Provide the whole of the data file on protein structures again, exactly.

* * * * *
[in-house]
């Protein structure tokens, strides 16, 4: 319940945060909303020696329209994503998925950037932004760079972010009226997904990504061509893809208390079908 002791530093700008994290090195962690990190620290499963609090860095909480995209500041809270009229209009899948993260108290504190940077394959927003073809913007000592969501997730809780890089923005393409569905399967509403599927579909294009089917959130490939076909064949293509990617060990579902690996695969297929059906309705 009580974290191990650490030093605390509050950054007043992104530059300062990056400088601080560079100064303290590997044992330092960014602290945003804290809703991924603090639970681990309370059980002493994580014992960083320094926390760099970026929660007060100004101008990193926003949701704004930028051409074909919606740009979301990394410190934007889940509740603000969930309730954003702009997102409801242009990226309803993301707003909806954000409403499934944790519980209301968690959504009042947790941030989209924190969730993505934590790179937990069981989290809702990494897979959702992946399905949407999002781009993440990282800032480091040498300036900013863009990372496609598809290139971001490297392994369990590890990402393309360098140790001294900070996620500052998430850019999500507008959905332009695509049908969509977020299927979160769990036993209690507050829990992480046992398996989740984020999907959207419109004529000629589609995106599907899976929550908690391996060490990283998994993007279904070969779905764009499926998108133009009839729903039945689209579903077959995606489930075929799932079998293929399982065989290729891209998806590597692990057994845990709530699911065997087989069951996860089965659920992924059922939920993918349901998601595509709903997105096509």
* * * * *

[in-house]
């Protein structure tokens, strides 16, 4: 319940945060909303020696329209994503998925950037932004760079972010009226997904990504061509893809208390079908 002791530093700008994290090195962690990190620290499963609090860095909480995209500041809270009229209009899948993260108290504190940077394959927003073809913007000592969501997730809780890089923005393409569905399967509403599927579909294009089917959130490939076909064949293509990617060990579902690996695969297929059906309705 009580974290191990650490030093605390509050950054007043992104530059300062990056400088601080560079100064303290590997044992330092960014602290945003804290809703991924603090639970681990309370059980002493994580014992960083320094926390760099970026929660007060100004101008990193926003949701704004930028051409074909919606740009979301990394410190934007889940509740603000969930309730954003702009997102409801242009990226309803993301707003909806954000409403499934944790519980209301968690959504009042947790941030989209924190969730993505934590790179937990069981989290809702990494897979959702992946399905949407999002781009993440990282800032480091040498300036900013863009990372496609598809290139971001490297392994369990590890990402393309360098140790001294900070996620500052998430850019999500507008959905332009695509049908969509977020299927979160769990036993209690507050829990992480046992398996989740984020999907959207419109004529000629589609995106599907899976929550908690391996060490990283998994993007279904070969779905764009499926998108133009009839729903039945689209579903077959995606489930075929799932079998293929399982065989290729891209998806590597692990057994845990709530699911065997087989069951996860089965659920992924059922939920993918349901998601595509709903997105096509």